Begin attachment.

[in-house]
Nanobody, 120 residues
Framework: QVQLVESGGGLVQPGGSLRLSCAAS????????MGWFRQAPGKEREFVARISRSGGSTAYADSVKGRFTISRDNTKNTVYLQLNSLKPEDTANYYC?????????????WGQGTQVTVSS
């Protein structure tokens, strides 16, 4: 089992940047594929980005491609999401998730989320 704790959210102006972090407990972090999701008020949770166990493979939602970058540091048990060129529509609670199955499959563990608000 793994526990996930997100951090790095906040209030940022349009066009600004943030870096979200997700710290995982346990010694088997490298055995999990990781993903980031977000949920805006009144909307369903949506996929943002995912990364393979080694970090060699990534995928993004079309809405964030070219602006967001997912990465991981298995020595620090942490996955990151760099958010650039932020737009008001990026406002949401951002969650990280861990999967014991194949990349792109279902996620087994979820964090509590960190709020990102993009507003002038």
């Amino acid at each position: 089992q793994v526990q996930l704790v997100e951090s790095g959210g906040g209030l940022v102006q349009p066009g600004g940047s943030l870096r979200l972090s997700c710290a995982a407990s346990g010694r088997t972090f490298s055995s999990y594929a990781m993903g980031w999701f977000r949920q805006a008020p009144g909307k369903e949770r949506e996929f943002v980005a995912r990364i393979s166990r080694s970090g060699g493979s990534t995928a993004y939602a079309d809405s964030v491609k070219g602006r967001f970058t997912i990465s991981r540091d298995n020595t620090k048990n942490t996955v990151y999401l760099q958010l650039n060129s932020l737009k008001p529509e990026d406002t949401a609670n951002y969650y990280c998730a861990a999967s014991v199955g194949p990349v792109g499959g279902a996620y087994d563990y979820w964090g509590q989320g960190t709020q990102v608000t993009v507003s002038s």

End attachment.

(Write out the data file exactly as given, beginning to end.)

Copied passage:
[in-house]
Nanobody, 120 residues
Framework: QVQLVESGGGLVQPGGSLRLSCAAS????????MGWFRQAPGKEREFVARISRSGGSTAYADSVKGRFTISRDNTKNTVYLQLNSLKPEDTANYYC?????????????WGQGTQVTVSS
């Protein structure tokens, strides 16, 4: 089992940047594929980005491609999401998730989320 704790959210102006972090407990972090999701008020949770166990493979939602970058540091048990060129529509609670199955499959563990608000 793994526990996930997100951090790095906040209030940022349009066009600004943030870096979200997700710290995982346990010694088997490298055995999990990781993903980031977000949920805006009144909307369903949506996929943002995912990364393979080694970090060699990534995928993004079309809405964030070219602006967001997912990465991981298995020595620090942490996955990151760099958010650039932020737009008001990026406002949401951002969650990280861990999967014991194949990349792109279902996620087994979820964090509590960190709020990102993009507003002038």
């Amino acid at each position: 089992q793994v526990q996930l704790v997100e951090s790095g959210g906040g209030l940022v102006q349009p066009g600004g940047s943030l870096r979200l972090s997700c710290a995982a407990s346990g010694r088997t972090f490298s055995s999990y594929a990781m993903g980031w999701f977000r949920q805006a008020p009144g909307k369903e949770r949506e996929f943002v980005a995912r990364i393979s166990r080694s970090g060699g493979s990534t995928a993004y939602a079309d809405s964030v491609k070219g602006r967001f970058t997912i990465s991981r540091d298995n020595t620090k048990n942490t996955v990151y999401l760099q958010l650039n060129s932020l737009k008001p529509e990026d406002t949401a609670n951002y969650y990280c998730a861990a999967s014991v199955g194949p990349v792109g499959g279902a996620y087994d563990y979820w964090g509590q989320g960190t709020q990102v608000t993009v507003s002038s």